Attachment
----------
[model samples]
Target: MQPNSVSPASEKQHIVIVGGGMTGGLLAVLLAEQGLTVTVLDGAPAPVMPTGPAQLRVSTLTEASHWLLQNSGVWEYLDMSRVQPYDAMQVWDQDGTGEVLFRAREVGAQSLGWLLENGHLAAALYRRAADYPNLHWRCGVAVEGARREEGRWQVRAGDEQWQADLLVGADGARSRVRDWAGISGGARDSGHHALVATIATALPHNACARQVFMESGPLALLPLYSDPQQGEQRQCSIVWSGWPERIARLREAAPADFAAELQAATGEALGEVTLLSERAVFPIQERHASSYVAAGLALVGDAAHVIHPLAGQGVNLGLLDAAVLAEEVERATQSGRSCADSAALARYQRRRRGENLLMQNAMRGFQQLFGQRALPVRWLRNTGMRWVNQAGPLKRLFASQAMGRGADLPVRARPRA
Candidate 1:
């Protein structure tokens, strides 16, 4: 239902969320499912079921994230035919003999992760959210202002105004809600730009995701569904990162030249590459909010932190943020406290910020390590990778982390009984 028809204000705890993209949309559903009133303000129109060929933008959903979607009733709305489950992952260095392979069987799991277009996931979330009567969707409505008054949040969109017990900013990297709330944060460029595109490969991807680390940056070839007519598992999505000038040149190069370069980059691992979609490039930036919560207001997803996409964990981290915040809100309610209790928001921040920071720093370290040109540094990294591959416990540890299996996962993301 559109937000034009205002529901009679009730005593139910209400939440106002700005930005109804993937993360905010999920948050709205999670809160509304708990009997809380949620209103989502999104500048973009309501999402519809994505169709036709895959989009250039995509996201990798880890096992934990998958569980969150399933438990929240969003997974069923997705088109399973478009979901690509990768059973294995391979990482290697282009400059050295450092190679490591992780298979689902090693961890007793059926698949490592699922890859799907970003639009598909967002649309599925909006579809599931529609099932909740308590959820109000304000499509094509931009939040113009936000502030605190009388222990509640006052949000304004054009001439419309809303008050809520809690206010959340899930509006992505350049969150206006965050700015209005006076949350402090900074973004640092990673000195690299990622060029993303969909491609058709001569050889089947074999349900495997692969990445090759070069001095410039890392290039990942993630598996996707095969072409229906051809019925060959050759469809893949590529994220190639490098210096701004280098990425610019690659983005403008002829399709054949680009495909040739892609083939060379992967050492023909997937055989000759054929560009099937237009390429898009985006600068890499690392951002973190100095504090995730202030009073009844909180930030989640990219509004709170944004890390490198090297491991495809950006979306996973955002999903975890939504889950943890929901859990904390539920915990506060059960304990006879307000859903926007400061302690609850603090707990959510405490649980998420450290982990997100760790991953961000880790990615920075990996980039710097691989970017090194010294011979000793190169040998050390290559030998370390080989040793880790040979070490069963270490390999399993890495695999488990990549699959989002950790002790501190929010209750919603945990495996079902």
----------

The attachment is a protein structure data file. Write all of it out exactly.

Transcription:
[model samples]
Target: MQPNSVSPASEKQHIVIVGGGMTGGLLAVLLAEQGLTVTVLDGAPAPVMPTGPAQLRVSTLTEASHWLLQNSGVWEYLDMSRVQPYDAMQVWDQDGTGEVLFRAREVGAQSLGWLLENGHLAAALYRRAADYPNLHWRCGVAVEGARREEGRWQVRAGDEQWQADLLVGADGARSRVRDWAGISGGARDSGHHALVATIATALPHNACARQVFMESGPLALLPLYSDPQQGEQRQCSIVWSGWPERIARLREAAPADFAAELQAATGEALGEVTLLSERAVFPIQERHASSYVAAGLALVGDAAHVIHPLAGQGVNLGLLDAAVLAEEVERATQSGRSCADSAALARYQRRRRGENLLMQNAMRGFQQLFGQRALPVRWLRNTGMRWVNQAGPLKRLFASQAMGRGADLPVRARPRA
Candidate 1:
């Protein structure tokens, strides 16, 4: 239902969320499912079921994230035919003999992760959210202002105004809600730009995701569904990162030249590459909010932190943020406290910020390590990778982390009984 028809204000705890993209949309559903009133303000129109060929933008959903979607009733709305489950992952260095392979069987799991277009996931979330009567969707409505008054949040969109017990900013990297709330944060460029595109490969991807680390940056070839007519598992999505000038040149190069370069980059691992979609490039930036919560207001997803996409964990981290915040809100309610209790928001921040920071720093370290040109540094990294591959416990540890299996996962993301 559109937000034009205002529901009679009730005593139910209400939440106002700005930005109804993937993360905010999920948050709205999670809160509304708990009997809380949620209103989502999104500048973009309501999402519809994505169709036709895959989009250039995509996201990798880890096992934990998958569980969150399933438990929240969003997974069923997705088109399973478009979901690509990768059973294995391979990482290697282009400059050295450092190679490591992780298979689902090693961890007793059926698949490592699922890859799907970003639009598909967002649309599925909006579809599931529609099932909740308590959820109000304000499509094509931009939040113009936000502030605190009388222990509640006052949000304004054009001439419309809303008050809520809690206010959340899930509006992505350049969150206006965050700015209005006076949350402090900074973004640092990673000195690299990622060029993303969909491609058709001569050889089947074999349900495997692969990445090759070069001095410039890392290039990942993630598996996707095969072409229906051809019925060959050759469809893949590529994220190639490098210096701004280098990425610019690659983005403008002829399709054949680009495909040739892609083939060379992967050492023909997937055989000759054929560009099937237009390429898009985006600068890499690392951002973190100095504090995730202030009073009844909180930030989640990219509004709170944004890390490198090297491991495809950006979306996973955002999903975890939504889950943890929901859990904390539920915990506060059960304990006879307000859903926007400061302690609850603090707990959510405490649980998420450290982990997100760790991953961000880790990615920075990996980039710097691989970017090194010294011979000793190169040998050390290559030998370390080989040793880790040979070490069963270490390999399993890495695999488990990549699959989002950790002790501190929010209750919603945990495996079902």